sine curve

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sine curve

[′sīn ‚kərv]
(mathematics)
The graph of y =sin x, where x and y are Cartesian coordinates. Also known as sinusoid.
References in periodicals archive ?
Figure 2 presents the actual data for the two most extreme periods (November-January and May-July), as well as sine curves adjusted to pass through the minimum and maximum for the relevant periods, since sine curves are normally used for the period from minimum to maximum.
The sine curve used for the period from the minimum up to the maximum is sometimes only the first quadrant of the sine curve (Parton and Logan 1981; Goudriaan and van Laar 1994), so the rate of increase in temperature in the model is most rapid immediately after the minimum, rather than the fourth quadrant of the sine curve for the minimum halfway to the maximum, then the first quadrant for the following period to the maximum.
For the period from the maximum to the transition point, the sine curve used is sometimes treated as a the second quadrant of the same sine curve used for the period up to the maximum (Parton and Logan 1981; Goudriaan and van Laar 1994), although others have preferred a separate sine curve with a different phase length for this section (Cesaraccio et al.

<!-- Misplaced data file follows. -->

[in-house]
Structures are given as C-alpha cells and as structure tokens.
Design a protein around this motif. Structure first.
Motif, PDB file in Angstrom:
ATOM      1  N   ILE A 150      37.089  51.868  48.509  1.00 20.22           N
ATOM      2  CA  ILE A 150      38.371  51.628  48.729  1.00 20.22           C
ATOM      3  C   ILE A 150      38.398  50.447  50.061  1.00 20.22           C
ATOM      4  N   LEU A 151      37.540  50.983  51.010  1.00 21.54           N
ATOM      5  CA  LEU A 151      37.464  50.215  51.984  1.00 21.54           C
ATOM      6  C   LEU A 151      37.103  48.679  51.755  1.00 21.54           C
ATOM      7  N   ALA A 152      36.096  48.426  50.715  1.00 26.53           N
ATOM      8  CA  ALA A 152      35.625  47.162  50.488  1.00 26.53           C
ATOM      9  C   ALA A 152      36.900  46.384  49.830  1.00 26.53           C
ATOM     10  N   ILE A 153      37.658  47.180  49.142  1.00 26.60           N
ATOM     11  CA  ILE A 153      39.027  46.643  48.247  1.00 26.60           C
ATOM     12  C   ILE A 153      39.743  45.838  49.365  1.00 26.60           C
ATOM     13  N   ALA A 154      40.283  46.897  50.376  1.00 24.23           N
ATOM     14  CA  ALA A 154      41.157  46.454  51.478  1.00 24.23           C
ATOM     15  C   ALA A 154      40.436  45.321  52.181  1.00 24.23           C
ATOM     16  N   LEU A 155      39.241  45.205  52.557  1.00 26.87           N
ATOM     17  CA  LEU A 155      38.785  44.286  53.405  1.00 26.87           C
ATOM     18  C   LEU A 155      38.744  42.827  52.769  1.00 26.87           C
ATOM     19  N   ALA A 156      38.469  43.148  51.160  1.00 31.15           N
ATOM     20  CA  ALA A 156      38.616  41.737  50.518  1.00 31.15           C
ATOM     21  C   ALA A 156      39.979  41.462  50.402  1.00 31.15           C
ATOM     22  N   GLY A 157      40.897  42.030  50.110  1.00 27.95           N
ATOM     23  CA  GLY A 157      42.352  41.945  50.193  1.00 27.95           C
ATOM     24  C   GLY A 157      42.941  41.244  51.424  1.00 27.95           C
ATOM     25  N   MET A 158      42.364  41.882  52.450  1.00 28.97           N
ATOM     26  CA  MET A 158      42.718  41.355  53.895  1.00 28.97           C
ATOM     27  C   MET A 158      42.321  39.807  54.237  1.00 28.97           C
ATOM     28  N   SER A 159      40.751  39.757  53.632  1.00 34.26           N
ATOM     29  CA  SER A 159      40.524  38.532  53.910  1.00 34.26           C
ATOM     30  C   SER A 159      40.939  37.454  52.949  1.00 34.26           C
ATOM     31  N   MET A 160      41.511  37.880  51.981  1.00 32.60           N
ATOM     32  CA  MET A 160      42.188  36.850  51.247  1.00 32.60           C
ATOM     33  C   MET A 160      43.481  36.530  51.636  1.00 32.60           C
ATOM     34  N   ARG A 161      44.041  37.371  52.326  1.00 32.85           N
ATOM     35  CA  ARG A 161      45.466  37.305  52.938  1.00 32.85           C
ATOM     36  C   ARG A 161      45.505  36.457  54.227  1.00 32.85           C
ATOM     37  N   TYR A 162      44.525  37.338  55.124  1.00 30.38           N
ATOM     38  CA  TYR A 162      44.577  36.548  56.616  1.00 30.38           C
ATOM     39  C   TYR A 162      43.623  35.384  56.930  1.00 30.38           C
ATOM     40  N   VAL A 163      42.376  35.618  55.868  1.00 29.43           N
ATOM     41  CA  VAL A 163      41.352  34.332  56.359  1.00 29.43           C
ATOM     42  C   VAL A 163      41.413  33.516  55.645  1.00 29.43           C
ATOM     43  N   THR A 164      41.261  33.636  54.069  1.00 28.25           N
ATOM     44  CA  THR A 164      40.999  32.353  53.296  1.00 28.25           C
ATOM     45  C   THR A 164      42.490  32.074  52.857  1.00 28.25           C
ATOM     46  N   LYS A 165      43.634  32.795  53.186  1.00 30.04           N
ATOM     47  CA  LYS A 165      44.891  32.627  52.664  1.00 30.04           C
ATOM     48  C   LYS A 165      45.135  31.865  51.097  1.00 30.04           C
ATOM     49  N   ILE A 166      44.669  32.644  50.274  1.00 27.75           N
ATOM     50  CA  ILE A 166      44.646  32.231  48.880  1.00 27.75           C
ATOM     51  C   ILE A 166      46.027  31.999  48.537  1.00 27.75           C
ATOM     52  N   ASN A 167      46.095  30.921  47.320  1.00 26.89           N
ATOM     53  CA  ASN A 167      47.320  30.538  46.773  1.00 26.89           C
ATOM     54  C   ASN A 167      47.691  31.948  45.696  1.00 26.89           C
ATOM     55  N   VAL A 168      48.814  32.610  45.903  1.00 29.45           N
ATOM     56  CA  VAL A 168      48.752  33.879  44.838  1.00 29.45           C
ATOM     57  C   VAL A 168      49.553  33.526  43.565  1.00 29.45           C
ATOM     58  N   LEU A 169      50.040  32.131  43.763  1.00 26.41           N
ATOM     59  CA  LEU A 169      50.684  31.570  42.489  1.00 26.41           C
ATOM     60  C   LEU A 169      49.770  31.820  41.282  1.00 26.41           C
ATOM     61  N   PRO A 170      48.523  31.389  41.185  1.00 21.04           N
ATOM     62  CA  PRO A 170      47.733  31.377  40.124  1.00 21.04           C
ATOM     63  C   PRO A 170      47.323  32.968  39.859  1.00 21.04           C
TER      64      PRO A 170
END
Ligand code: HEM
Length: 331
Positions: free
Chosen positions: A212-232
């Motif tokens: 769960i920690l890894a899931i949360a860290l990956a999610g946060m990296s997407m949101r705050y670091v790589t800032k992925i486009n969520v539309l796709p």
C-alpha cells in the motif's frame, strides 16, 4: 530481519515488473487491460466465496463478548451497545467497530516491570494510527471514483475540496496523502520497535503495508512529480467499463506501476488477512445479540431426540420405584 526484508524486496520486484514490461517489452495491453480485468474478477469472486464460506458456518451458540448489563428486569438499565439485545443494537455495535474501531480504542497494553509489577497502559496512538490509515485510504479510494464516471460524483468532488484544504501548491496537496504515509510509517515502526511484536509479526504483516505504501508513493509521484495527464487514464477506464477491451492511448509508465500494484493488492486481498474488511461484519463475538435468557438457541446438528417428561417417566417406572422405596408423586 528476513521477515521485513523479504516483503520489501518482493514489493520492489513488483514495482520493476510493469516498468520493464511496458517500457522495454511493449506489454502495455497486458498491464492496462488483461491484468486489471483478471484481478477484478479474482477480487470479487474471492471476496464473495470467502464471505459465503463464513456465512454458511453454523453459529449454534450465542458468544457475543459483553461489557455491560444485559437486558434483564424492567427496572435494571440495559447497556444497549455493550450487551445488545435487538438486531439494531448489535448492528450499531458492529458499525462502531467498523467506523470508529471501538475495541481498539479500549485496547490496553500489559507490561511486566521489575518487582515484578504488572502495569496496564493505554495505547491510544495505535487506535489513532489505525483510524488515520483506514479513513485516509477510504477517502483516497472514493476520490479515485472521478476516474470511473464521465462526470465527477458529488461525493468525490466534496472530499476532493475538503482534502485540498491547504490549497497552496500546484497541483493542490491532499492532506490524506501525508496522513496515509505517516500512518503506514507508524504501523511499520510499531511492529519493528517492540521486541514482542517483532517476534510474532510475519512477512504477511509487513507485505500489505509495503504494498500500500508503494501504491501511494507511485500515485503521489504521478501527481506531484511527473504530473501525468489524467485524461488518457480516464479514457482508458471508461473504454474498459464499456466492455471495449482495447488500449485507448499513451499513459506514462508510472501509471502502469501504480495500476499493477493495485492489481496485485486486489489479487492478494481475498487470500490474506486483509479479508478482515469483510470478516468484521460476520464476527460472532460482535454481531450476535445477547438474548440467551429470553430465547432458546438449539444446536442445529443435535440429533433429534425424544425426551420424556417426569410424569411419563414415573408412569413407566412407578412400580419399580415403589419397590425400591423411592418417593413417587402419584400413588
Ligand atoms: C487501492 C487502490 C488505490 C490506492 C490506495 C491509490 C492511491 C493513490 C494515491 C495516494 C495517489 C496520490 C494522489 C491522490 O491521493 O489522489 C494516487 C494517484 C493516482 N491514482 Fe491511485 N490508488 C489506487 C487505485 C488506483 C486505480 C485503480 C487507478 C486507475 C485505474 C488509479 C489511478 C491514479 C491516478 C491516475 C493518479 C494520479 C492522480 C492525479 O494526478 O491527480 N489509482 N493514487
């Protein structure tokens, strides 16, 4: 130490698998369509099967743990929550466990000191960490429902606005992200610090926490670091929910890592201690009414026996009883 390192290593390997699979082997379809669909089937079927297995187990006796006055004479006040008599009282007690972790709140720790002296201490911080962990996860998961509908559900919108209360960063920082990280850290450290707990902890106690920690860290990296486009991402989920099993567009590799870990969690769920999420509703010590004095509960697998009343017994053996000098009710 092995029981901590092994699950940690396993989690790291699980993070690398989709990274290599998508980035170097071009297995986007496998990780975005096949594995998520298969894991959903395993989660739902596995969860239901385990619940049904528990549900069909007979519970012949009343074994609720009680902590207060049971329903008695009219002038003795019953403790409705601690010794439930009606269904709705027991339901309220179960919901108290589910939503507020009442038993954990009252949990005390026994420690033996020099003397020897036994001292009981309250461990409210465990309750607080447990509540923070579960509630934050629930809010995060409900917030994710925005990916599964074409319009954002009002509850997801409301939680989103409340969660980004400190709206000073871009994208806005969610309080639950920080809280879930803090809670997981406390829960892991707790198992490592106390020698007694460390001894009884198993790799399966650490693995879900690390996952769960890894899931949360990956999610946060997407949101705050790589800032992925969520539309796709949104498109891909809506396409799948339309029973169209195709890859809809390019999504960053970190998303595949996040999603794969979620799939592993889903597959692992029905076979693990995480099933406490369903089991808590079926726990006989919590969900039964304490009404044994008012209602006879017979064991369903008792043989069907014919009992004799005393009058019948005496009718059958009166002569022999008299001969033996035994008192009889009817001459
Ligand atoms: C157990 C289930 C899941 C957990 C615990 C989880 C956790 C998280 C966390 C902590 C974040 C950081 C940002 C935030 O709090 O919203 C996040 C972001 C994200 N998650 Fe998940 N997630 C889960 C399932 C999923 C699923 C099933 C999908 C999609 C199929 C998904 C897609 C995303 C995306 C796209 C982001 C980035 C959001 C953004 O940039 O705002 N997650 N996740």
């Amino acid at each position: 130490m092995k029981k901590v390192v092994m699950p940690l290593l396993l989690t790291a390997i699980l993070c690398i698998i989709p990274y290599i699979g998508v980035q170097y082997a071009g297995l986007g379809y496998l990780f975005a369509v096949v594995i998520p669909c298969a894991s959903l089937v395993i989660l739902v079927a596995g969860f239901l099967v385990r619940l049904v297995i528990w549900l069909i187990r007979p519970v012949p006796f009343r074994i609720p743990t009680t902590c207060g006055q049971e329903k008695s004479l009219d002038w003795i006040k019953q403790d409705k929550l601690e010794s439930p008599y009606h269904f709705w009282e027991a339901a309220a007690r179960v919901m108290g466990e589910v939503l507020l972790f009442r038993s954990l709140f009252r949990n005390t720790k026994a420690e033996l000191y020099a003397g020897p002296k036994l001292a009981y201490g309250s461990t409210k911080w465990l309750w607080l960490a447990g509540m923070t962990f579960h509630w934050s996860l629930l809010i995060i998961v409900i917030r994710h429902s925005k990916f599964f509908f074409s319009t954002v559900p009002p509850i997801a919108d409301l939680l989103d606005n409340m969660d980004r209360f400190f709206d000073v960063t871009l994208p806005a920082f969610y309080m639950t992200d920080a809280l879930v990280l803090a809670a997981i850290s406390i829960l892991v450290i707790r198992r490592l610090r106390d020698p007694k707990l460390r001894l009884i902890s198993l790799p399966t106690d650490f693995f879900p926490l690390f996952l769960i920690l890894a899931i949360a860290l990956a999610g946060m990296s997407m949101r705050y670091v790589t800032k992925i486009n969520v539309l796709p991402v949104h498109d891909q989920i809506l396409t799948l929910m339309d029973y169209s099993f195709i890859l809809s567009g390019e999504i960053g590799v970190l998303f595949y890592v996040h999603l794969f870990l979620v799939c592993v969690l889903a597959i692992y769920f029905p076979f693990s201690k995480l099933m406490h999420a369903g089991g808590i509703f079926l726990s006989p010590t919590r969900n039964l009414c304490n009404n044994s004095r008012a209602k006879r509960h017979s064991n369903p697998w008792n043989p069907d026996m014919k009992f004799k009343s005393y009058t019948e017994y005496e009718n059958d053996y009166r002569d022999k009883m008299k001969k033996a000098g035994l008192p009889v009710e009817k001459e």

A sine curve centred halfway between the minimum and maximum temperatures (Watson and Beattie 1996; Roltsch et al.
The first sine curve was from [H.sub.min] to [H.sub.x] and the second from [H.sub.x] to [H.sub.max]; [D.sub.x] is the actual temperature at time [H.sub.x], while time H and temperature D define the points to be fitted.
However, in this case the period from the transition point may not be a sine curve so exponential and square-root decay functions were considered.
The difference of sensor output under different temperature could be approximate sine functions to roll angle, and the amplitude of the sine curve is also an approximate sine function to inclination.
Since we have simplified the model, it is easy to determine the whole sine curve by using only 4 data points.